No one attribute class contains all the letter, punctuation and special character symbols one would wish to assign to the keys of a keyboard, so it will always be necessary to combine symbols from different attribute classes into a single keyboard arrangement. On the other hand, there is considerable overlap between the first through twenty-sixth attribute classes, as defined supra; that is, any one particular symbol can be a member of several different attribute classes. For instance, the letter “Z” is a member of the first, third, eighth, fifteenth, sixteenth, seventeenth, and twenty-sixth attribute classes, and the letter “N”is a member of the tenth, thirteenth and fourteenth attribute classes. To promote easy and rapid memorization of a keyboard arrangement, it is desirable to have all, or at least most, of the keys in any one column or row correspond to symbols within the same attribute class. Since there are typically at least three rows in each keyboard arrangement, this means, for example, that preferably at least three keys in any one column should correspond to symbols within the same attribute class. It is also desirable to combine attribute classes into a single keyboard arrangement in ways that minimize the overlaps in symbols between them; moreover, it is ordinarily desirable for the keyboard arrangement to include shift means for selecting between upper and lower case pairs of letters, punctuation and special character symbols, and to assign the upper case and lower case versions of the same letter to the same key. Utilizing these principles, a preferred embodiment of a keyboard arrangement according to the present invention, displayed in row-and-column format (i.e., four rows by 10 columns), is as follows:

FIRST ILLUSTRATED EMBODIMENT
R1 / + ( % $ ) # ! \
2 3 4 6 0 8 9 7 1 5
R2 V H Y C U S D T I N
R3 W F A G O B P Z J K
R4 E X @ Q : R ? L M
. ; ,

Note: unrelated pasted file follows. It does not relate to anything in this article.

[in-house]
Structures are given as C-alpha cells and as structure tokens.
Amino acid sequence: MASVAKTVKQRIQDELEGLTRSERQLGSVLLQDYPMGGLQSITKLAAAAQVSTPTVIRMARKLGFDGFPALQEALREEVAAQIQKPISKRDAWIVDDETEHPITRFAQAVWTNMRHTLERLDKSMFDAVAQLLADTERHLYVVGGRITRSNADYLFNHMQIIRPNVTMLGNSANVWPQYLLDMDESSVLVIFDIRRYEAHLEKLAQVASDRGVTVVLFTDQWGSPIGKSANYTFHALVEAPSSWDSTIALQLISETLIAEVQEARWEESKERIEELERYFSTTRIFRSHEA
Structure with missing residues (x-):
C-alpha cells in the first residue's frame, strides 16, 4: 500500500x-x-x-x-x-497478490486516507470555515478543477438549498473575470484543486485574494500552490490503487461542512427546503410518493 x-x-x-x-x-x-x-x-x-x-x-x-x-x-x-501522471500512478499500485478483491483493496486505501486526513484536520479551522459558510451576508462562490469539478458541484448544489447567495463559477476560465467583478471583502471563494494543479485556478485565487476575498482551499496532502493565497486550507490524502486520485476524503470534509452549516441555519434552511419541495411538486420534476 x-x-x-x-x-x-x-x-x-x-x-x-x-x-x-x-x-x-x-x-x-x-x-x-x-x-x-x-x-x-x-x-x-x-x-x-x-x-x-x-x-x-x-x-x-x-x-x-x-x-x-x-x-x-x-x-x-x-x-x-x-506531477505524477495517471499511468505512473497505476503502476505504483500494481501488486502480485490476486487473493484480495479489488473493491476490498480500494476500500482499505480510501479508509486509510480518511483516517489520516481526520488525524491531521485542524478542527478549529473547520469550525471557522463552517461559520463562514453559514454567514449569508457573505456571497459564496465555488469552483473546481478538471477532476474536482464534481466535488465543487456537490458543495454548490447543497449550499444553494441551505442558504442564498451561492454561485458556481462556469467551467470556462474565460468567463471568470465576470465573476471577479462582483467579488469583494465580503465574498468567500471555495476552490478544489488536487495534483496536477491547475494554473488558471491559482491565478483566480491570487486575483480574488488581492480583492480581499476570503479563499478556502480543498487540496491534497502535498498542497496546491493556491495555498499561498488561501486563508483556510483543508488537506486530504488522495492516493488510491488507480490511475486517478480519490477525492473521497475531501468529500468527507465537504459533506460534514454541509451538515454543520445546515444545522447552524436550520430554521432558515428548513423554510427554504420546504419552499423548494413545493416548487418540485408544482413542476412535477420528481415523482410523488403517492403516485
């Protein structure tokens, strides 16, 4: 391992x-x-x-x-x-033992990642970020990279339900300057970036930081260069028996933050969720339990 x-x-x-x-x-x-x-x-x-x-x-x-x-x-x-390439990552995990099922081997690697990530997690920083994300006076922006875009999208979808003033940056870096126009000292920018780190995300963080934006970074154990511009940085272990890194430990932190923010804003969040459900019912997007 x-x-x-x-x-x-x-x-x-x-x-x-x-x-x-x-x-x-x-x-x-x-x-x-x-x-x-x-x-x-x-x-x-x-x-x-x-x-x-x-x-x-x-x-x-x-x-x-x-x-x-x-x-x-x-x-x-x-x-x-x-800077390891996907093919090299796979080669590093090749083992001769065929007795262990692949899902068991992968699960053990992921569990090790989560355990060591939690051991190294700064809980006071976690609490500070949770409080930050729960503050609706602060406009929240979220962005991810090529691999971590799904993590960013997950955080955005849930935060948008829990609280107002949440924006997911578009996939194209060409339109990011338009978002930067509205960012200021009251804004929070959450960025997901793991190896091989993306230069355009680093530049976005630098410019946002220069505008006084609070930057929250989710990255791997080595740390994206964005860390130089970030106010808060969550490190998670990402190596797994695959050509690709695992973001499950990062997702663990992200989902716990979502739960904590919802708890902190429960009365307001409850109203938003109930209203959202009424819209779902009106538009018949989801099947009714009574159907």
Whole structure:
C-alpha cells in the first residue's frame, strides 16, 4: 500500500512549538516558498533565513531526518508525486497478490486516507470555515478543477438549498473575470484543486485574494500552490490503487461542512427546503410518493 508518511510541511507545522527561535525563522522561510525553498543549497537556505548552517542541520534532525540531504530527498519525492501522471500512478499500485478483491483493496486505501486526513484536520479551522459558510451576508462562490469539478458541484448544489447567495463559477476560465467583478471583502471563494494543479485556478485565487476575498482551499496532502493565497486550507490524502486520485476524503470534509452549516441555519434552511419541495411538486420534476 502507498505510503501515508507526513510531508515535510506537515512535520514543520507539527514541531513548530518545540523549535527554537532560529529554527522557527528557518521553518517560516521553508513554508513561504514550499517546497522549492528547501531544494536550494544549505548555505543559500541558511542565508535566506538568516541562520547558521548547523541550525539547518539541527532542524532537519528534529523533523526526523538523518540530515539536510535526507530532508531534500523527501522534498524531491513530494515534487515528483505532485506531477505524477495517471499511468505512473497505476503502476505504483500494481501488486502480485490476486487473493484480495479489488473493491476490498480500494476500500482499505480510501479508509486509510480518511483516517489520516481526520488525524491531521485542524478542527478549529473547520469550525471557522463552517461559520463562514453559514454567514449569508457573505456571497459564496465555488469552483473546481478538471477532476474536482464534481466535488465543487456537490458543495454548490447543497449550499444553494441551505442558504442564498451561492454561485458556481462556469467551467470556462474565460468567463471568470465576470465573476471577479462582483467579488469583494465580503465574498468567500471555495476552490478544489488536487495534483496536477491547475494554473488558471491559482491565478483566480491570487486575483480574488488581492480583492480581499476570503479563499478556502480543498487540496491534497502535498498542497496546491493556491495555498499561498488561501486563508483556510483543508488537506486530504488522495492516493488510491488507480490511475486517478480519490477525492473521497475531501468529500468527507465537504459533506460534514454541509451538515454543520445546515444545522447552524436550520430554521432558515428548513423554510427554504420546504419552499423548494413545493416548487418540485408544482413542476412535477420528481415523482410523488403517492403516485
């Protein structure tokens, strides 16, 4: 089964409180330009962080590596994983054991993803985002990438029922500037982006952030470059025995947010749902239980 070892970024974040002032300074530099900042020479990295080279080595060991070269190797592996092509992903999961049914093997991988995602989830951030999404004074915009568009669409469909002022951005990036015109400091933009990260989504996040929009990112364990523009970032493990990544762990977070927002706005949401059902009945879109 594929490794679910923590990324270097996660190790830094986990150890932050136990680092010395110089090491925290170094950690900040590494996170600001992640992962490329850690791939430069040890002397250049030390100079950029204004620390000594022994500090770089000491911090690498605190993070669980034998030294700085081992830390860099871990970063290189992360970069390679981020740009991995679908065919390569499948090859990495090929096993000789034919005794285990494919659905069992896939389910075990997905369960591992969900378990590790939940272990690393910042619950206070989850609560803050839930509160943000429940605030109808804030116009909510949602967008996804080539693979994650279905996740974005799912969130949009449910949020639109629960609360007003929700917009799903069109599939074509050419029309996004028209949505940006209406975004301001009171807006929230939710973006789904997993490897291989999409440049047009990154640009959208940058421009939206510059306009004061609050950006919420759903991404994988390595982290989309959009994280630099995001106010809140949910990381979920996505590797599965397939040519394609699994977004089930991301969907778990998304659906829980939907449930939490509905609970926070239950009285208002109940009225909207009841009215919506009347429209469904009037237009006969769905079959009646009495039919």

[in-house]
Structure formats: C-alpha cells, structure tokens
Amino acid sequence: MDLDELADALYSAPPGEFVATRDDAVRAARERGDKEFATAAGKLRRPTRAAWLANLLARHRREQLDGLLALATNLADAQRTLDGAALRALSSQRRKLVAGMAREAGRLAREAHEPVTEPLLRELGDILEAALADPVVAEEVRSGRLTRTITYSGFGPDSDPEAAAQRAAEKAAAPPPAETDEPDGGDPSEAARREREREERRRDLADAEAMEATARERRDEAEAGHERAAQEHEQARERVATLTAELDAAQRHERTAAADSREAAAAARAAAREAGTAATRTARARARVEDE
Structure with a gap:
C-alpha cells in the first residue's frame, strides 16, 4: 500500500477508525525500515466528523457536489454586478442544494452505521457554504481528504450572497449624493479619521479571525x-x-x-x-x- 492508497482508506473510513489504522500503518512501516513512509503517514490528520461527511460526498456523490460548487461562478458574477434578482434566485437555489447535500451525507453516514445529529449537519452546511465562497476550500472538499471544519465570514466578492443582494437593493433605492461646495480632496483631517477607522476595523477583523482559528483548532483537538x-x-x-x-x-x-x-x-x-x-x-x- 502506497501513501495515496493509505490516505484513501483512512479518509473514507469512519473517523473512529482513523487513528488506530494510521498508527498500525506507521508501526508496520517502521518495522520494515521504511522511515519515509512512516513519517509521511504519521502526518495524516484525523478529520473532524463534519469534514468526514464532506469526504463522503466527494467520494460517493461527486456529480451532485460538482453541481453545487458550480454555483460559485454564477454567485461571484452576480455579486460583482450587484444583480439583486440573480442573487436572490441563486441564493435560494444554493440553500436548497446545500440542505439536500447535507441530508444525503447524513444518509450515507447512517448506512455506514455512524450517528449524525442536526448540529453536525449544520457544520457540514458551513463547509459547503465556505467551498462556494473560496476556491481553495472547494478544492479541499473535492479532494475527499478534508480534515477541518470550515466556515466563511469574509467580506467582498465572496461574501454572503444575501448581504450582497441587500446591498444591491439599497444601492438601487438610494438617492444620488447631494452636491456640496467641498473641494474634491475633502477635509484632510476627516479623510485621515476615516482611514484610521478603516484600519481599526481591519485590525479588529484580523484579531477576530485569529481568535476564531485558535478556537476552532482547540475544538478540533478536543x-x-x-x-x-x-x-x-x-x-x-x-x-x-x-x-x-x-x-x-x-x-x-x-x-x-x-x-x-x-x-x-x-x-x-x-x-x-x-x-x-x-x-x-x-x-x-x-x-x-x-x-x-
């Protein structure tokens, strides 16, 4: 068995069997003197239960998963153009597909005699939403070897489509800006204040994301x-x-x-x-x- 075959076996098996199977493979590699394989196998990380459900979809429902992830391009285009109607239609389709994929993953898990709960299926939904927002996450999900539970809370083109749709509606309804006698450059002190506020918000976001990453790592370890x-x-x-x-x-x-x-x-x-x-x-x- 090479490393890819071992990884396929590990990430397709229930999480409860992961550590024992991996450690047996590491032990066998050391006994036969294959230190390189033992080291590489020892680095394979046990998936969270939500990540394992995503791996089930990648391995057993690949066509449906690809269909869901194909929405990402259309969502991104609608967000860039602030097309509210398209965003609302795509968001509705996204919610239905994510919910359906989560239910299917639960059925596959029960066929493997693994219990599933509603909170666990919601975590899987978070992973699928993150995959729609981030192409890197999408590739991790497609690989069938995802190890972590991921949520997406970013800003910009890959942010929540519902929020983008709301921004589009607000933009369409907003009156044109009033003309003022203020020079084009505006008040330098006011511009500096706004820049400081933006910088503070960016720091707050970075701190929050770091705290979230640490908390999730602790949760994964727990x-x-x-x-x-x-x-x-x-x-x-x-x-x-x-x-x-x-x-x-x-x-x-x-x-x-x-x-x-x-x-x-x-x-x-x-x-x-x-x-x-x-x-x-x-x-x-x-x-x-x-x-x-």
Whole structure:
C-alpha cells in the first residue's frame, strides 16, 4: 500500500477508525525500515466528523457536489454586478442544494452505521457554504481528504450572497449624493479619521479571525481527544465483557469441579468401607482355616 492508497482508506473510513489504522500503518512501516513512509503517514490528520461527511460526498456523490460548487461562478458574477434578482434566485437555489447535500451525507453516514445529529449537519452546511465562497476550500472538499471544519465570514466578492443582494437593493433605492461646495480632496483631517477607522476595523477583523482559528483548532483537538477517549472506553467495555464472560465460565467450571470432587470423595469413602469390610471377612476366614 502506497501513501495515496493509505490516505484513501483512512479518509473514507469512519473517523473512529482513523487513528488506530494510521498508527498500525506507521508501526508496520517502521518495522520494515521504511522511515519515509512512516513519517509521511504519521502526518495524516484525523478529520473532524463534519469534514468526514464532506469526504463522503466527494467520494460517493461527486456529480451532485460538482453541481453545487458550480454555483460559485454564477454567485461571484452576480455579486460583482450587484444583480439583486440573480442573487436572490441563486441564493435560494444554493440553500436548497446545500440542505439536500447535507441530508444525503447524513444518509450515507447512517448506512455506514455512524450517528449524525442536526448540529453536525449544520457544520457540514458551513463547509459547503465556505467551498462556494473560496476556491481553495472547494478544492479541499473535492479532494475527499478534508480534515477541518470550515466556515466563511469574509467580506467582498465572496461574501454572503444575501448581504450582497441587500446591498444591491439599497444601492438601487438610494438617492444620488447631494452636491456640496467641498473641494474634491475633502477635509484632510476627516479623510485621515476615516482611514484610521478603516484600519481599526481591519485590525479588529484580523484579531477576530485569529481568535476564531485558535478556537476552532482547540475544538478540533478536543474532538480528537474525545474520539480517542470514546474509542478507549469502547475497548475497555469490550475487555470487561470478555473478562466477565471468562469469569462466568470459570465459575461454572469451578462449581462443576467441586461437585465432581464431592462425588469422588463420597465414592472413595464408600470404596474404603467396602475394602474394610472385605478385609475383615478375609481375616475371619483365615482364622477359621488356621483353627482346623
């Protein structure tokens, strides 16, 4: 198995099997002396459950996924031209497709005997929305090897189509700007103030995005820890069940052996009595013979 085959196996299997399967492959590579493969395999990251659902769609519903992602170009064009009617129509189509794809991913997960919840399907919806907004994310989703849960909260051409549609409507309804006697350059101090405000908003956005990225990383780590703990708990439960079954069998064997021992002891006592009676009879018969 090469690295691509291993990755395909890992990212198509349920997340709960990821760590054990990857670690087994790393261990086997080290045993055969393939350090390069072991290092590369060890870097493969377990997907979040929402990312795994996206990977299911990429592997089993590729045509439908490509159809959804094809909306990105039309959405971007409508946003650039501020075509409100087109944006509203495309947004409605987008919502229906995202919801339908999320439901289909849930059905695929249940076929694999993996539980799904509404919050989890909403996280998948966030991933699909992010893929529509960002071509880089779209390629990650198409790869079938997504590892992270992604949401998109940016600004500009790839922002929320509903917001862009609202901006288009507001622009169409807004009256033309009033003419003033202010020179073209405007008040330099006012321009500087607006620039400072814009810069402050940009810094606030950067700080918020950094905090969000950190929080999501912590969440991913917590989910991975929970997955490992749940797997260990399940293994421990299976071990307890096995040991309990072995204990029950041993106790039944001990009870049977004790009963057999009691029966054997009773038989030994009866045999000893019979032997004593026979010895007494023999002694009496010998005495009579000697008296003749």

It will be understood, that only the upper case versions of the letters are displayed here, selectable by the shift means, and each key to which an upper case version of a letter has been assigned also has the lower case version of the same letter assigned to it. For instance, in the illustrated embodiment of the invention, the key at position row R3 and column 3 will have assigned to it the following lower case and upper case letters: “a” and “A.”Similarly, there are pairs of punctuation, numeric, and special character symbols assigned to keys. For example, the key at row R4 and column 1 has assigned to it the apostrophe and the quotation mark (the latter selectable by the shift means). Assigned to the first column are symbols from the first attribute class (plus the apostrophe and quotation mark); assigned to the second column are symbols from the second (or twenty-sixth) attribute class; assigned to the third column are symbols from the third attribute class; assigned to the fourth column are symbols from the fourth attribute class (plus a period); assigned to the fifth column are symbols from the fifth attribute class; assigned to the sixth column are symbols from the sixth attribute class (plus a colon and semicolon); assigned to the seventh column are symbols from the seventh attribute class; assigned to the eighth column are symbols from the eighth attribute class (plus a comma and question mark); assigned to the ninth column are symbols from the ninth attribute class; and assigned to the tenth column are symbols from the tenth attribute class (plus the numeral 5). For ease of comparison with the QWERTY and Dvorak style keyboard arrangements, this first illustrated embodiment is depicted in diagonal format in FIG. 3. Certain keys 13 in columns 11 and 12 in the upper three rows in FIG. 3 bear no indicia. These keys are optional and could have assigned to them any of a variety of symbols, such as the following symbols: [,], ., {,} or {tilde over ( )}.